This may be fine for a while, but holding on to something indefinitely means you become the obstacle to it finding a new lease of life with another person who will actually use it. Decades later, the item is still gathering dust in your home, when someone else could have been enjoying it all that time.
To perfectly illustrate this, here’s a lovely story that was sent to me about just this topic:
I recently decided to do a big cull of my books. I lay on my bed and pictured the ones that I would grab in a fire and sent the rest to a charity store (your book is one of five that survived).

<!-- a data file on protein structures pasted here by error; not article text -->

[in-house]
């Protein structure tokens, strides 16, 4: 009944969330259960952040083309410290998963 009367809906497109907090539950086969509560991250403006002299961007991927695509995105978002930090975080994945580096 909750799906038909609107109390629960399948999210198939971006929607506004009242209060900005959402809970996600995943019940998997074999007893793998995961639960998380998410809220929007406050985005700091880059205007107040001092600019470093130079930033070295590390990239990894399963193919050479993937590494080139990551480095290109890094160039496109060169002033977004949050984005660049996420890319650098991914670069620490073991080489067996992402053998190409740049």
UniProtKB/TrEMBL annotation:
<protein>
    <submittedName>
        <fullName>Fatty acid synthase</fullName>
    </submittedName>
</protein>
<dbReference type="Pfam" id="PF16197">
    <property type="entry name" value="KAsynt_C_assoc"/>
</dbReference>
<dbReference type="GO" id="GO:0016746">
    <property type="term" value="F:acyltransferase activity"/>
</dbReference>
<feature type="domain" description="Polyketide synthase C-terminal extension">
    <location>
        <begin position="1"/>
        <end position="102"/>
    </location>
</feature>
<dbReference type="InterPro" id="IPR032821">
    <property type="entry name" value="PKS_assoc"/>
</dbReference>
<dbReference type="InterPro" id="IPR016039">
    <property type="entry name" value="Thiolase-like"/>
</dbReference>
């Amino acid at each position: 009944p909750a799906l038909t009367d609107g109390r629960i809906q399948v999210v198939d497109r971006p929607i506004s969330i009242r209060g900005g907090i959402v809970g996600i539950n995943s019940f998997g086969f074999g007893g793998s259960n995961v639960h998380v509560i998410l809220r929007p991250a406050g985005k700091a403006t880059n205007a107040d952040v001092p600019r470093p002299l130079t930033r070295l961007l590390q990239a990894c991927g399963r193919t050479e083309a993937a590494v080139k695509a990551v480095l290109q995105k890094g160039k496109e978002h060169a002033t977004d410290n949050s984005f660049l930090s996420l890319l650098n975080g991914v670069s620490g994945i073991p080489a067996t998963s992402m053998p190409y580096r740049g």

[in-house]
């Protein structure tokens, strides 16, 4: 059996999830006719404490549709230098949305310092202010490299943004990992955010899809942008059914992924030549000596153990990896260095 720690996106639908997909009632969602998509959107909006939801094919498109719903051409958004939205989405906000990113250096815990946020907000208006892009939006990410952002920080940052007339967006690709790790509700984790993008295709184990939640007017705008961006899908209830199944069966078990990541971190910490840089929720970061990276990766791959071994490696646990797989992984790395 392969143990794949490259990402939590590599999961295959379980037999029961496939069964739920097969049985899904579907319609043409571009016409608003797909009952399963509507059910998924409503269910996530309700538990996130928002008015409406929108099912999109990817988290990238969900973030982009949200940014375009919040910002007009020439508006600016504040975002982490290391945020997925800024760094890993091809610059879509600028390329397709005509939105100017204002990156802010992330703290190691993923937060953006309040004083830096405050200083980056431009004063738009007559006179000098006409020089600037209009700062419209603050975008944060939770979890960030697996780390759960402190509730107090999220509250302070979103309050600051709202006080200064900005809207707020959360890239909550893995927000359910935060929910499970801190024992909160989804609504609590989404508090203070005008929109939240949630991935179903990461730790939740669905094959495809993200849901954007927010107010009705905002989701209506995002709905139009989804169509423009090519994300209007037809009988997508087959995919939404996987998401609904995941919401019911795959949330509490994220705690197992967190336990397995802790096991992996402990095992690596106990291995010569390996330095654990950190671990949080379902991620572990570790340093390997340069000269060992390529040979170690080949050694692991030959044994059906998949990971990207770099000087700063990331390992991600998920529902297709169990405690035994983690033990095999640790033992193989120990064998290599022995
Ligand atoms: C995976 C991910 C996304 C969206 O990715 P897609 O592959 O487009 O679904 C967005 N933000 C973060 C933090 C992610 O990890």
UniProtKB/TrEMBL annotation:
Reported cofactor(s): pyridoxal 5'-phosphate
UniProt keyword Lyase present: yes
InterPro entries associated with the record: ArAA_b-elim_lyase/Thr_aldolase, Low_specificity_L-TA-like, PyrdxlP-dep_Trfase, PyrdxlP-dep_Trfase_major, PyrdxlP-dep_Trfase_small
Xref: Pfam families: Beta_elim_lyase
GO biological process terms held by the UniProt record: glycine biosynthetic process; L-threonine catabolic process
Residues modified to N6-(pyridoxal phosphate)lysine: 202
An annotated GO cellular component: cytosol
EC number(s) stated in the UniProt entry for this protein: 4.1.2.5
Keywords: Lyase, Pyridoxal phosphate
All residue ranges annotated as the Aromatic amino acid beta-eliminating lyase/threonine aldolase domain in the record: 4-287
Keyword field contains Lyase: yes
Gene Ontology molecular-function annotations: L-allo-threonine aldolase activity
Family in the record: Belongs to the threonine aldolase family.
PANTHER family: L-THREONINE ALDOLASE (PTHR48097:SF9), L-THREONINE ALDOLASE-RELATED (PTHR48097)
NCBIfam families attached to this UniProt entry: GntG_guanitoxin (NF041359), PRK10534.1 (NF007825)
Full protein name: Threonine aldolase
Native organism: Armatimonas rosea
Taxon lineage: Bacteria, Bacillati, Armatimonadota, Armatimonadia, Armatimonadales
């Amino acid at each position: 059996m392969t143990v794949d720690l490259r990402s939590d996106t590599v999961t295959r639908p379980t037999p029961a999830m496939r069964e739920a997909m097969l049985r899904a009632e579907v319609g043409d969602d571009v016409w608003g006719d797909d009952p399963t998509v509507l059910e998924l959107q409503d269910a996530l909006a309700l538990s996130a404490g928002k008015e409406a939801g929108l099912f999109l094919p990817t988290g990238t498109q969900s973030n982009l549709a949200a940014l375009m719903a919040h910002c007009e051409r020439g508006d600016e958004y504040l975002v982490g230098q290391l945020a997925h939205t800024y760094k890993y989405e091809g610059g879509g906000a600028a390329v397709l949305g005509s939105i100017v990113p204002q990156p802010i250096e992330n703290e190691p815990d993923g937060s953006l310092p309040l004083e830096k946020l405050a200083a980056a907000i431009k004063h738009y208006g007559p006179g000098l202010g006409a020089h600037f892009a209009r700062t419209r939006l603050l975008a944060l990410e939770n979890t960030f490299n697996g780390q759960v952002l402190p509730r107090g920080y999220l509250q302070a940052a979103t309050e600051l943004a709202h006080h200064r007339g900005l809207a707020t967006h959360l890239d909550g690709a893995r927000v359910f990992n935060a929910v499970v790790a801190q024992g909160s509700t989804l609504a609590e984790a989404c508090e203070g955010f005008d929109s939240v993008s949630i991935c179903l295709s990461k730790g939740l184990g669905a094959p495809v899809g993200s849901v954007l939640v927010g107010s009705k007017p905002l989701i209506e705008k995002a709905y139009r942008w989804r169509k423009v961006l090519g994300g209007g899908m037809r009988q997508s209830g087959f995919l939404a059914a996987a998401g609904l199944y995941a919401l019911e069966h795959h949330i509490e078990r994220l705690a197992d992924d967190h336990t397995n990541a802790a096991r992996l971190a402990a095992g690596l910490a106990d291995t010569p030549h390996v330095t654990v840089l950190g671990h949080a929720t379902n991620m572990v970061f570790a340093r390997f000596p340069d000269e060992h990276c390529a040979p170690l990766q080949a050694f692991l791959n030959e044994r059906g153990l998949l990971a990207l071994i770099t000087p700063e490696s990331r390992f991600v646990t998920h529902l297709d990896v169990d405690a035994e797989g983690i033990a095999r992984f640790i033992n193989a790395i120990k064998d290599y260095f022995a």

But I had a problem. I’d saved my childhood stamp collection, which I was quite apathetic about. However I did have fond memories of my grandfather helping me with it, so for that reason alone I was feeling obligated to keep it. This prompted me to call him and have a chat. It turns out that as a young boy, when he was orphaned and had to catch a train to get to his sister’s house in the country, he had to sell his stamp collection to get the fare.
I posted him my collection on the understanding that if he didn’t want it, he could sell it or give it away (he is amazing at not hoarding so I wasn’t too worried that it would clutter his house). He was delighted to receive it, given his history with stamp collections and the fact that we worked on it together. But most importantly, me clearing the space on my bookshelf meant that I got to hear such an important story from my grandfather’s life. Priceless.
Clutter clearing unwanted gifts
Copyright © Karen Kingston 2012